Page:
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Introducing Story Blockers


As the old proverb goes, “Even careful planning and good intentions can’t always prevent surprise impediments showing up in your backlog.” Old-timey proverb writers knew better than anyone the challenge of, say, starting a story only to realize it’s missing design assets, waiting on a response to a product question, or knowing your UI story can’t move forward without progress in an API story in another project. If only Tracker had a way to account for these interconnections and roadblocks and make them more obvious in your workfl—

Great news! We’re introducing Story Blockers to help your team make such impediments highly visible and drive whatever collaboration is necessary to get them resolved so you can continue moving down that backlog quickly.

Image showing story blockers in Pivotal Tracker.

Adding blockers to a story

To mark a story as blocked, expand it and add a new blocker (just above the description field) with a brief description of what’s causing the story to be blocked. The story will then display a blocked indicator in the collapsed view, making it more visible to everyone on the team. Followers of the story will receive a special notification so they can jump in and help get the blocker resolved.

Screenshot showing a blocker on a story card in Pivotal Tracker.

Need to get the attention of a specific person in a blocker? Simply @mention them just like in story comments. They’ll get an extra special notification that indicates they were mentioned in a blocker.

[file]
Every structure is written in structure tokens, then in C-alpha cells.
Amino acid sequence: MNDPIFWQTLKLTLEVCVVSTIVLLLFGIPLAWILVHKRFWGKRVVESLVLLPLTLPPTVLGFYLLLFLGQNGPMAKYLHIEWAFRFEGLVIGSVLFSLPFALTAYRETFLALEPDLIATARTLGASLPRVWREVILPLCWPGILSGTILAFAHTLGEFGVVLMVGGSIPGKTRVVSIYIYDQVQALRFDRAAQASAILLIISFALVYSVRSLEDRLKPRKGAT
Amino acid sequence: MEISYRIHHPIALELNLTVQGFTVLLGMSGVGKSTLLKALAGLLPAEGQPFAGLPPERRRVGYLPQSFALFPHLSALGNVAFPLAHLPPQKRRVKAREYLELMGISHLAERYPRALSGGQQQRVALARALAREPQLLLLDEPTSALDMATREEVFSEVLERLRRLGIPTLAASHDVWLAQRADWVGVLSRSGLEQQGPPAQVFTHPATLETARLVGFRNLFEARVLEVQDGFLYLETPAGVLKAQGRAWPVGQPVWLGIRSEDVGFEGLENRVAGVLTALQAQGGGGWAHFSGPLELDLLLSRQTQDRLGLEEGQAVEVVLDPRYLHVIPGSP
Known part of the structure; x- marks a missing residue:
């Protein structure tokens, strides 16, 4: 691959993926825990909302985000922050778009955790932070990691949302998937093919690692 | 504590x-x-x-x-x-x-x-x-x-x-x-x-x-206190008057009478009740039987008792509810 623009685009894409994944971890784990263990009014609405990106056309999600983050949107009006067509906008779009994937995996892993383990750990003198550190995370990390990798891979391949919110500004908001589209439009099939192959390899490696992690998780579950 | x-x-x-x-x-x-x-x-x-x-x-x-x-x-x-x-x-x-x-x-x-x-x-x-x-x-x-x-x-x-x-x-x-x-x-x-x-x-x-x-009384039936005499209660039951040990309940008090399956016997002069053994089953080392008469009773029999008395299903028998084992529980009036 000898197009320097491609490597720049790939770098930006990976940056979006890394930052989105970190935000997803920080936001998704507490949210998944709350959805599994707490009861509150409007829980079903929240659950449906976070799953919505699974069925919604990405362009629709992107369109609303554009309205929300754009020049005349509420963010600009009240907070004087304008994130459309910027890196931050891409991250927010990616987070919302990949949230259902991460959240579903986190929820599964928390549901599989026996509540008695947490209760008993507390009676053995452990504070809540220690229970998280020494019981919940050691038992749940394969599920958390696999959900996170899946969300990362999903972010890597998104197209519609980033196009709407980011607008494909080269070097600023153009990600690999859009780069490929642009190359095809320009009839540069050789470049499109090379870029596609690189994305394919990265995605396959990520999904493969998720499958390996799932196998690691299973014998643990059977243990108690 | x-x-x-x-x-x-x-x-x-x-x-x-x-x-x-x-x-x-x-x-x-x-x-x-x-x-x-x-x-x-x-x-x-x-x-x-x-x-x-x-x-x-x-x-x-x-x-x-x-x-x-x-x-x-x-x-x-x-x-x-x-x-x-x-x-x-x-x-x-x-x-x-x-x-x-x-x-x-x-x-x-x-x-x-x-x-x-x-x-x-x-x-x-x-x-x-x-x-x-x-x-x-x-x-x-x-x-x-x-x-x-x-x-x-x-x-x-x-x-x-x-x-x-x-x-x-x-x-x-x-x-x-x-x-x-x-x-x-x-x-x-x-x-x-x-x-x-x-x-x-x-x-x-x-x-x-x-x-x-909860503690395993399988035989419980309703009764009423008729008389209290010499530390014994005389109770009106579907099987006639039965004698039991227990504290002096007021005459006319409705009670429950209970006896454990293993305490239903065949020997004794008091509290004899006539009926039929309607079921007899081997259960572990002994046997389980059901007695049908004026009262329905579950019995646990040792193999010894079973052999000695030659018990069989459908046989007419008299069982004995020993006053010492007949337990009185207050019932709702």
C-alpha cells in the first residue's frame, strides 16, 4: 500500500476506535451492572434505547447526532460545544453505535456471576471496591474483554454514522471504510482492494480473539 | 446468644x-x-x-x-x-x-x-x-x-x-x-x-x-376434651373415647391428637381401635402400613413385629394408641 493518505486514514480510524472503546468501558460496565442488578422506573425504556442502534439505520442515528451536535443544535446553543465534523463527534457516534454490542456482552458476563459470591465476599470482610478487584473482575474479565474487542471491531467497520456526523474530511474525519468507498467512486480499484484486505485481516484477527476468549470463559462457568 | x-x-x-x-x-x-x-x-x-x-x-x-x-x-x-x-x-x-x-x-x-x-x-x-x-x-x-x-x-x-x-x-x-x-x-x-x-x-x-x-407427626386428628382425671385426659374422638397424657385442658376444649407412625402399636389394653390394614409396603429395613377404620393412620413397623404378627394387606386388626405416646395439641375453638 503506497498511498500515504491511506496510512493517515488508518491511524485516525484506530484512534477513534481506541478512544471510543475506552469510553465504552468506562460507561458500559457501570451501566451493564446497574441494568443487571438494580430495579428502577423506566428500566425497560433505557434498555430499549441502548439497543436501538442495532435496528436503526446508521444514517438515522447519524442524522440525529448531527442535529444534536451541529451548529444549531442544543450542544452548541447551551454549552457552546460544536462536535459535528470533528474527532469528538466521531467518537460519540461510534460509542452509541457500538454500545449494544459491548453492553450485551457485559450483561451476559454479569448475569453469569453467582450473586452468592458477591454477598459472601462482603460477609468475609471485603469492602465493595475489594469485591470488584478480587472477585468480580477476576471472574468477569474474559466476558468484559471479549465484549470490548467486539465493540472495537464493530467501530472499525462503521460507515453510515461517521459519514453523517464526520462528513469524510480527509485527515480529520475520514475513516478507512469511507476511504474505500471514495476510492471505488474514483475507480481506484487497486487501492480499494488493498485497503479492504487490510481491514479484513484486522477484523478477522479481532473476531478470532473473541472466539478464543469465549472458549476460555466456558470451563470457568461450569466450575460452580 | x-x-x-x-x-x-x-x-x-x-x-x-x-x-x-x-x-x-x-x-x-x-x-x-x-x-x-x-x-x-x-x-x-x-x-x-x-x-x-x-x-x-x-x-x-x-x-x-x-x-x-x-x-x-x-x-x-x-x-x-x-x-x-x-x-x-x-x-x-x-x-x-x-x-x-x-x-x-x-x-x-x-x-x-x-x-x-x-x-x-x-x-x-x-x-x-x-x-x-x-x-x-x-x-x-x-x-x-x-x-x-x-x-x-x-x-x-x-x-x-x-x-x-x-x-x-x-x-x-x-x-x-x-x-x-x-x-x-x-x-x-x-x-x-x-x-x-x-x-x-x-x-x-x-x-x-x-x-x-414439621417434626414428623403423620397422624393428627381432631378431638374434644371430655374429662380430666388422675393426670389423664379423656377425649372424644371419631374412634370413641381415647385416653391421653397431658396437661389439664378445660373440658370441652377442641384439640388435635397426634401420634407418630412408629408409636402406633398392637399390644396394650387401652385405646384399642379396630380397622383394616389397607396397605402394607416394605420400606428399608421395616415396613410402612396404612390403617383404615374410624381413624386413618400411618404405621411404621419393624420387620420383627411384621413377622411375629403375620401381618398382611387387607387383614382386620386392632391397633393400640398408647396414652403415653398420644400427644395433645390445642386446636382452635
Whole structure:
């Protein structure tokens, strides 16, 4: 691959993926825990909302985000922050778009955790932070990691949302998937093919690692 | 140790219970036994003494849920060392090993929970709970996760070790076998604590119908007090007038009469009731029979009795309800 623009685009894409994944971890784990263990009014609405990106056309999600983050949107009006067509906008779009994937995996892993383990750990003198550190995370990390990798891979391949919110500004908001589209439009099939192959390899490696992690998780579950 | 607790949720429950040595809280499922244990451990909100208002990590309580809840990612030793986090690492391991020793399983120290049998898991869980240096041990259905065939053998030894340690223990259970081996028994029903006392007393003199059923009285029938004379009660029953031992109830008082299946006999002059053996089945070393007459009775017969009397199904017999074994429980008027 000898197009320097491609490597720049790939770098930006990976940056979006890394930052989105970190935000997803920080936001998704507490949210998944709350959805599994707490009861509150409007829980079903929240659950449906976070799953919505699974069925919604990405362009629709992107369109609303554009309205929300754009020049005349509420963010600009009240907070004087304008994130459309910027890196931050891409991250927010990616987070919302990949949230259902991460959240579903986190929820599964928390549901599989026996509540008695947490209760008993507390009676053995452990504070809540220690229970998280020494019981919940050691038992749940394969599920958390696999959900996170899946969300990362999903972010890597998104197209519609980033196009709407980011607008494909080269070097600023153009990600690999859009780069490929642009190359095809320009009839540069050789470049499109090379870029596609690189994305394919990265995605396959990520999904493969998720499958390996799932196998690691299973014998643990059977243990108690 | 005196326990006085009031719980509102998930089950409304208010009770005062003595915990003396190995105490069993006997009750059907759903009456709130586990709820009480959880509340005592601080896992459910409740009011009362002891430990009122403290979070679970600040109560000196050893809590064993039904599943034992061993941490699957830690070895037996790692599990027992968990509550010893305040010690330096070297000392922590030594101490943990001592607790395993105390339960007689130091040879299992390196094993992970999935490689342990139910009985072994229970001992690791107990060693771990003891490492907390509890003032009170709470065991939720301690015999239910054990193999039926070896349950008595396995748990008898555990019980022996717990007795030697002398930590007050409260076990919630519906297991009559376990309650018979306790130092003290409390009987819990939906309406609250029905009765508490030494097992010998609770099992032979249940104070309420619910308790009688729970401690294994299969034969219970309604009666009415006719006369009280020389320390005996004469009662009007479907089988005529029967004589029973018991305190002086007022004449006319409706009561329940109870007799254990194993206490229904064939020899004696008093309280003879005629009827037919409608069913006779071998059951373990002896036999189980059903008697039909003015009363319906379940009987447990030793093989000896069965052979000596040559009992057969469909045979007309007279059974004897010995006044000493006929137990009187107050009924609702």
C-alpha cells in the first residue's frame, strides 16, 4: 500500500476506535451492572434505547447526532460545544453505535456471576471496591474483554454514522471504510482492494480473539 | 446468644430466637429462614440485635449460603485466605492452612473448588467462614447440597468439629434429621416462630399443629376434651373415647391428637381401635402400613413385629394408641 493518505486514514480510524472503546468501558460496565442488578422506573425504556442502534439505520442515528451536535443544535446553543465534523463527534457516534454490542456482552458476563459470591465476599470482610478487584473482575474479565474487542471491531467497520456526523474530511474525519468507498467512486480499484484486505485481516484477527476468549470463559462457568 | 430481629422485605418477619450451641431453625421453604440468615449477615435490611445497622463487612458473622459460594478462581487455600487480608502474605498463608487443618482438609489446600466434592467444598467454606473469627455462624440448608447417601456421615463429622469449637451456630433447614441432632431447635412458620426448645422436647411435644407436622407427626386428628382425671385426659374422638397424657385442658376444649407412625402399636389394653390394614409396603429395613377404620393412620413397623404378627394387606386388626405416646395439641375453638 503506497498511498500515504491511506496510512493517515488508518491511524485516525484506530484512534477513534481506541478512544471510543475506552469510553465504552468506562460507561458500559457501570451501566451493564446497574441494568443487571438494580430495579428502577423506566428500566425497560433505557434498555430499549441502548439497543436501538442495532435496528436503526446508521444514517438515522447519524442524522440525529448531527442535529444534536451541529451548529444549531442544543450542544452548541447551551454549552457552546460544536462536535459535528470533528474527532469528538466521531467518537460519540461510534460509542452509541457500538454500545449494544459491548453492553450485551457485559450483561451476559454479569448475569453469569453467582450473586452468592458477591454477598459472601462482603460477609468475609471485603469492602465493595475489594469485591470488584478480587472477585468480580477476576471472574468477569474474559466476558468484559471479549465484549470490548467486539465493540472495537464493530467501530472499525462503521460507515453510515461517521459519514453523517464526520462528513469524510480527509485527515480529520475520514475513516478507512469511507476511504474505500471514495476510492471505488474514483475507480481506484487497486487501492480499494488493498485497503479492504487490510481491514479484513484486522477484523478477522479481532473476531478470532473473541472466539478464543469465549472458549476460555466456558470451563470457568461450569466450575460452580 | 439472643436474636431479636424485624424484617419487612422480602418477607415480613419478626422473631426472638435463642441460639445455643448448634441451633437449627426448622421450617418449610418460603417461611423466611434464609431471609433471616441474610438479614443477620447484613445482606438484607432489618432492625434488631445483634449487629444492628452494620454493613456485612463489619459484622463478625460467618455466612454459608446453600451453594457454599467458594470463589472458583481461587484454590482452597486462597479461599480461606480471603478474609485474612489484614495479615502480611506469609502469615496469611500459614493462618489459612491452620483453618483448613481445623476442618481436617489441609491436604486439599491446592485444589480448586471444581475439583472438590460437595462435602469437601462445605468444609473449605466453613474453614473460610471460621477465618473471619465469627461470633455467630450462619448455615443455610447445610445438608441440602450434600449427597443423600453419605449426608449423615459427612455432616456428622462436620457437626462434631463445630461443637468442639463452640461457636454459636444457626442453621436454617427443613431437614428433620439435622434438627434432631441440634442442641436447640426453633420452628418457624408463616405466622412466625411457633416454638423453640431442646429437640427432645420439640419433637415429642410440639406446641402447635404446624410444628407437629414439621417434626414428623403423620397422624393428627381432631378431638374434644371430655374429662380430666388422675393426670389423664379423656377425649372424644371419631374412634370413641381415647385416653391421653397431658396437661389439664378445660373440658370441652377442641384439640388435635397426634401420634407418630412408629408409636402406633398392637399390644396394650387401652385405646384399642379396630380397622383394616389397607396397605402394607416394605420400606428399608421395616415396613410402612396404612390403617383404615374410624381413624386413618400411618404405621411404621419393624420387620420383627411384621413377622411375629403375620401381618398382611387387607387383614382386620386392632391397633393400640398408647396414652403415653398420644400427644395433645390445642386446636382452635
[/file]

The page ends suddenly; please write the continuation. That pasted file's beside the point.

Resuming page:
Screenshot showing a blocker notification.

Did you address that blocker? Huzzah! Resolve it by clicking on the red blocked icon next to the blocker description, or by hovering over it and clicking Resolve Blocker.

You can also include links to other stories in a blocker description, signaling that your story is blocked by another (one or multiple). As soon as you do that, that other story will show that it’s blocking yours, and followers of that story will see a notification (in app and/or in email, based on their notification preferences).

Once that blocking story or stories get accepted, you don’t have to do anything: the blocker you added to your story will get resolved automatically, and Tracker will alert you via notification so you can stay in your zone and get stuff done. (Or, kick up your heels and relax to celebrate a blocked story set free—there is no wrong way to enjoy this new feature.)

Screenshot showing a blocker notification.

Finding blocked and blocking stories

You project has a new Blocked panel, accessible from the sidebar, showing all stories that have unresolved blockers. You can also include ‘is:blocked’ and/or ‘is:blocking’ in any search, combining them with other search terms.

Screenshot showing blockers in a Pivotal Tracker project.

API access

As with every other feature in Tracker, you can manipulate blockers via Tracker’s API, using the new Blockers endpoint.

The blockers API endpoint.

Note: the blockers API endpoints are still in beta, and are subject to change without notice. We’ll let you know when they are finalized.

iOS and Android support

For now, blocker info on stories is only visible in the web application and API—you will not see blockers in the mobile apps yet. We’re still working on enabling blockers for the iOS and Android apps, and will release it gradually over the next few months.

For now, here’s a preview of what blockers will look like in the iOS and Android apps:

Preview image of blockers on Pivotal Tracker mobile apps.


We still think the best medicine for dependencies in your story backlog is prevention—breaking projects and features down into small incremental stories, and prioritizing them in the most natural order. Still, we know that there are a variety of reasons why that doesn’t always happen, and we hope this new feature will help make it easier and quicker to resolve those thorny situations.

Please share any feedback or suggestions you might have about story blockers, or any other feature in Tracker via the in-app feedback widget (under Help in any project), by email, or on Twitter.